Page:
I think I will just have to live with the fact that Oscar can't be trusted to consistently come back when called whereas Ruby can - I think I will always feel a little guilty that he can't enjoy the feeling of running free but at least now and again he can do it on the training line - which is indeed like a lunge line x
 

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I don't know how Colby would be off lead and I don't want to know. I would never be able to sleep at night if he got away and I couldn't find him. My Pit Pull though is great off leash. But he thinks it is his job to protect me so he doesn't almost ever get more than 6 feet away from me.
 

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I started walking Murphy off-leash last spring. We walk in a very rural area on gravel roads, and vehicles are very few and far between.

We did a lot of obedience training and, when walking off lead he stays mostly next to my right foot. On occasion he'll catch a scent and trot over to the side of the road, but a sharp word from me brings him right back.

Because of the weather I'm not yet able to start working with Mandy off leash, but the goal is to get both of them to walk next to me off leash. I think she'll do well because when on-leash she sticks close to Murphy.

If there are vehicles or people around they don't go off leash. On the gravel I usually have a couple minutes warning if a vehicle is coming.

Both Murphy and Mandy have been trained on the radio fence around our property. I have no fears about putting them out with their collars on and not paying much attention to them. They stay away from the edge of the property (where the wire runs), and even when a passing rabbit or dog comes on the property they don't try to follow it off.
 

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Molly is our first beagle and in the beginning we read all the advice saying that a beagle can never run free, we were too scared to let her loose anywhere until our trainer said that he knew of plenty beagles that walked off leash and that it would be a pity not too give it a try.
We started off letting her run small distances between us and as it got better she began to walk along side us for longer periods.
In the meantime I now cut her loose as soon as we get within the boundaries of our local woods/nature reserve, she mostly stays close by but will always take off if she sees other dogs or deer. Once she has satisfied her curiousity she will always come back within a few minutes, I just continue walking and she picks up my trail again.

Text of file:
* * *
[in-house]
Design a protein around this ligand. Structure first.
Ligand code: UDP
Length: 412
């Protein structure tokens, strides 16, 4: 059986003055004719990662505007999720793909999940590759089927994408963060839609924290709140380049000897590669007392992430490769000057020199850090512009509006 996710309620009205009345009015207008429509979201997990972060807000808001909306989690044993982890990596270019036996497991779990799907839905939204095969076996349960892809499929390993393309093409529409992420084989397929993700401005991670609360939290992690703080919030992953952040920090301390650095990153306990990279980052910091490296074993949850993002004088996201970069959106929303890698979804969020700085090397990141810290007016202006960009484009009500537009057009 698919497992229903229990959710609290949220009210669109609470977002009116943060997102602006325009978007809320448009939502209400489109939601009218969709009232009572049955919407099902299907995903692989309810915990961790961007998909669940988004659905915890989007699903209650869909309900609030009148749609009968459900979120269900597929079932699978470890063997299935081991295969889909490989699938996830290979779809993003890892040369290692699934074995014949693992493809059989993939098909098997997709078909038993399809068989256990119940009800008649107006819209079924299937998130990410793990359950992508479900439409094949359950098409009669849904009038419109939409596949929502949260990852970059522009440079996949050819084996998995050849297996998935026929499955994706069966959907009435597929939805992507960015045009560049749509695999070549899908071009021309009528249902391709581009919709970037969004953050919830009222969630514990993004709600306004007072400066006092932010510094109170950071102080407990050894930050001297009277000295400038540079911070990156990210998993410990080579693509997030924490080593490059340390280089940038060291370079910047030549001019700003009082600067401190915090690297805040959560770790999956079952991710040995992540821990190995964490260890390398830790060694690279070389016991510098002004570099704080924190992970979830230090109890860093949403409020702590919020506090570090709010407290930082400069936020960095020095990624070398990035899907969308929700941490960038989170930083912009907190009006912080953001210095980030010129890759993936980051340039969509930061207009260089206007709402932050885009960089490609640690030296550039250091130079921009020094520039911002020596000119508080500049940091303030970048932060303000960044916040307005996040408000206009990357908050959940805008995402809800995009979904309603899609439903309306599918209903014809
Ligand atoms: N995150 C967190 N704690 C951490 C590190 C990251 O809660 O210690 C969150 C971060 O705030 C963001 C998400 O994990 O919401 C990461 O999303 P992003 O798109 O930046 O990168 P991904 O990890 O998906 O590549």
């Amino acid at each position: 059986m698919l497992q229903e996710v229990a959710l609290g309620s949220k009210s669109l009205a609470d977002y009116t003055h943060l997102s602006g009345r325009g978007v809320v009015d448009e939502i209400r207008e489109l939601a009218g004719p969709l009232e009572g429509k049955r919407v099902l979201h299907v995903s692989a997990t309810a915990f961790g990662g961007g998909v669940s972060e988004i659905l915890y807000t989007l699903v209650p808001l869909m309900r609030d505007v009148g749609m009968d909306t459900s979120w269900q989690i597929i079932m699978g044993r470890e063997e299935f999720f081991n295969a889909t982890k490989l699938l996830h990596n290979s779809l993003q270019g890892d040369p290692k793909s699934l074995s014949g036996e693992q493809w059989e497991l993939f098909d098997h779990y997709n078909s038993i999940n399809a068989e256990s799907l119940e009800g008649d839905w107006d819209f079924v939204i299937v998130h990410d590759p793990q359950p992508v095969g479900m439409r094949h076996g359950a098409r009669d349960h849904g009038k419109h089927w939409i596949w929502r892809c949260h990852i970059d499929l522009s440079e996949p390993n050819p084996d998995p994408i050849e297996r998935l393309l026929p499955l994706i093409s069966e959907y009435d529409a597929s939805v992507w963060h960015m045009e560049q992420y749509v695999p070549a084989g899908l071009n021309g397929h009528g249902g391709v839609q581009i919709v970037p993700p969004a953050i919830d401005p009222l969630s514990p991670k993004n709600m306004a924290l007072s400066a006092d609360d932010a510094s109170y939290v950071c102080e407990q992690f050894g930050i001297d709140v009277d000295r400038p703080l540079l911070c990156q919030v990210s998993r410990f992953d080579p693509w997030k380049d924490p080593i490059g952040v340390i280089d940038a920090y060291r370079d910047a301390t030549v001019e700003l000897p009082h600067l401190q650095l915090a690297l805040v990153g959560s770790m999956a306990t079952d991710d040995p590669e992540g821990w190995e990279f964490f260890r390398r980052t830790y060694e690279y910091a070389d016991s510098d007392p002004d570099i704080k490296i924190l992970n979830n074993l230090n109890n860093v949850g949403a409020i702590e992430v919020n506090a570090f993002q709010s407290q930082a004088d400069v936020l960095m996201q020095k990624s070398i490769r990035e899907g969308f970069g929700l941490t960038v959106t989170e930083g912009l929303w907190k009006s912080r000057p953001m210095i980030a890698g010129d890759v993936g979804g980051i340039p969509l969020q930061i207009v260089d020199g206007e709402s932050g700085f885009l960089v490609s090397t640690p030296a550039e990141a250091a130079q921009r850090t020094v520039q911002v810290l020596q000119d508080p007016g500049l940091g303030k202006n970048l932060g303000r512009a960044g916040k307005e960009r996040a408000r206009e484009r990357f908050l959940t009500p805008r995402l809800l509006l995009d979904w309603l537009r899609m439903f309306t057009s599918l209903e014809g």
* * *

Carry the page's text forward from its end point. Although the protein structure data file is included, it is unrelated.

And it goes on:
There are thousands of rabbits but since she killed one (at 5 months!) she just cant be bothered with them, sometimes just to humour me she will give a bit of a half hearted chase :hyper:

I know it's not possible for everyone to trust their dog and there is no way that I would do it near any roads but it just puts a big old smile on my face when I see Moll put up her head to check where I am and then come pounding down the path with her ears flapping and legs pumping!
 

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Discussion Starter · #13 ·
Murphy (great name! sounds really good. Ruby does not walk by my side when she is off lead but darts here and there sniffing and generally enjoying herself. She always comes back when I call, not always as quickly as I would like but she does come back!
I know three other beagles, all act as Ruby does, but all have had their times of not obeying because their noses are following some scent or other. Beagle owners tend to be the dog owner that ALWAYS has a pocketful of treats, just in case!!!
 

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Murphy (great name! sounds really good. Ruby does not walk by my side when she is off lead but darts here and there sniffing and generally enjoying herself. She always comes back when I call, not always as quickly as I would like but she does come back!
I know three other beagles, all act as Ruby does, but all have had their times of not obeying because their noses are following some scent or other. Beagle owners tend to be the dog owner that ALWAYS has a pocketful of treats, just in case!!!
We took both Murphy and Mandy to beginning and intermediate training at PetSmart. I think it made a huge difference, not only did they learn a lot but I learned a lot too. I'm not sure that Murphy would be responsible enough to walk off leash if we had not done the training.

When we first started walking rather than remove the leash I just dropped it and allowed it to drag behind him. There were a couple times I had to quickly stomp on it, but he soon understood that darting away wouldn't be tolerated. I feel comfortable completely removing it now.